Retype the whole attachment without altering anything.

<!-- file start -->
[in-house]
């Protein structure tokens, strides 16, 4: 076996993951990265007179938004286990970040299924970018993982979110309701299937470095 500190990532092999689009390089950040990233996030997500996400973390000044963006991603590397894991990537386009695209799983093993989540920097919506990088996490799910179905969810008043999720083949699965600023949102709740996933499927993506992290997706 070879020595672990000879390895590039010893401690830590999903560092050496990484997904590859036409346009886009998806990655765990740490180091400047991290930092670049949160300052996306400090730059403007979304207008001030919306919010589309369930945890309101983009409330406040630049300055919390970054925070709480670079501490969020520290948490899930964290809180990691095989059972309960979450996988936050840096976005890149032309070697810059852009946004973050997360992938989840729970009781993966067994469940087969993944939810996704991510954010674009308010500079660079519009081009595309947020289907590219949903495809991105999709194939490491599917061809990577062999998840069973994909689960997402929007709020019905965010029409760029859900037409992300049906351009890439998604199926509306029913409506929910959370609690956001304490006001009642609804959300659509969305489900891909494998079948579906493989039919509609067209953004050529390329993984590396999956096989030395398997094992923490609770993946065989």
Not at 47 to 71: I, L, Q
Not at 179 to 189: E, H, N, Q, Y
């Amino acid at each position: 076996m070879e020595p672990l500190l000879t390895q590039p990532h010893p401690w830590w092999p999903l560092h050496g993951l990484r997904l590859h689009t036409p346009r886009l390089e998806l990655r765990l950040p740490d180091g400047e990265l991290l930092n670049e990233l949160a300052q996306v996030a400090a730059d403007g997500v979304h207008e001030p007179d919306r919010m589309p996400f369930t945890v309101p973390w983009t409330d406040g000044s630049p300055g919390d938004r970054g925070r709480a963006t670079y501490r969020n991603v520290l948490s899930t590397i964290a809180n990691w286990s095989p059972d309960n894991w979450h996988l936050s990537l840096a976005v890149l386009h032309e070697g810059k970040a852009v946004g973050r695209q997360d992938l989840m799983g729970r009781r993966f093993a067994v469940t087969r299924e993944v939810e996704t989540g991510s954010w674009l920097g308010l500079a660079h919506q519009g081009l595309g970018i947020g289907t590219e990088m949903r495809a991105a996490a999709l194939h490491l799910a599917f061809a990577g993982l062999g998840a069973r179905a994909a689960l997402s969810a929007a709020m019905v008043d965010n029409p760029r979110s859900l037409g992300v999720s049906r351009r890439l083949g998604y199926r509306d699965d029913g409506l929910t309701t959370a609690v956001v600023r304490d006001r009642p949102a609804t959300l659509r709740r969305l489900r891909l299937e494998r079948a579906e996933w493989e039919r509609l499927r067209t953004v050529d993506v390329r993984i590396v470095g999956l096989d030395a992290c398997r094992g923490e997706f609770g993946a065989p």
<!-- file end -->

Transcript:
[in-house]
């Protein structure tokens, strides 16, 4: 076996993951990265007179938004286990970040299924970018993982979110309701299937470095 500190990532092999689009390089950040990233996030997500996400973390000044963006991603590397894991990537386009695209799983093993989540920097919506990088996490799910179905969810008043999720083949699965600023949102709740996933499927993506992290997706 070879020595672990000879390895590039010893401690830590999903560092050496990484997904590859036409346009886009998806990655765990740490180091400047991290930092670049949160300052996306400090730059403007979304207008001030919306919010589309369930945890309101983009409330406040630049300055919390970054925070709480670079501490969020520290948490899930964290809180990691095989059972309960979450996988936050840096976005890149032309070697810059852009946004973050997360992938989840729970009781993966067994469940087969993944939810996704991510954010674009308010500079660079519009081009595309947020289907590219949903495809991105999709194939490491599917061809990577062999998840069973994909689960997402929007709020019905965010029409760029859900037409992300049906351009890439998604199926509306029913409506929910959370609690956001304490006001009642609804959300659509969305489900891909494998079948579906493989039919509609067209953004050529390329993984590396999956096989030395398997094992923490609770993946065989």
Not at 47 to 71: I, L, Q
Not at 179 to 189: E, H, N, Q, Y
């Amino acid at each position: 076996m070879e020595p672990l500190l000879t390895q590039p990532h010893p401690w830590w092999p999903l560092h050496g993951l990484r997904l590859h689009t036409p346009r886009l390089e998806l990655r765990l950040p740490d180091g400047e990265l991290l930092n670049e990233l949160a300052q996306v996030a400090a730059d403007g997500v979304h207008e001030p007179d919306r919010m589309p996400f369930t945890v309101p973390w983009t409330d406040g000044s630049p300055g919390d938004r970054g925070r709480a963006t670079y501490r969020n991603v520290l948490s899930t590397i964290a809180n990691w286990s095989p059972d309960n894991w979450h996988l936050s990537l840096a976005v890149l386009h032309e070697g810059k970040a852009v946004g973050r695209q997360d992938l989840m799983g729970r009781r993966f093993a067994v469940t087969r299924e993944v939810e996704t989540g991510s954010w674009l920097g308010l500079a660079h919506q519009g081009l595309g970018i947020g289907t590219e990088m949903r495809a991105a996490a999709l194939h490491l799910a599917f061809a990577g993982l062999g998840a069973r179905a994909a689960l997402s969810a929007a709020m019905v008043d965010n029409p760029r979110s859900l037409g992300v999720s049906r351009r890439l083949g998604y199926r509306d699965d029913g409506l929910t309701t959370a609690v956001v600023r304490d006001r009642p949102a609804t959300l659509r709740r969305l489900r891909l299937e494998r079948a579906e996933w493989e039919r509609l499927r067209t953004v050529d993506v390329r993984i590396v470095g999956l096989d030395a992290c398997r094992g923490e997706f609770g993946a065989p």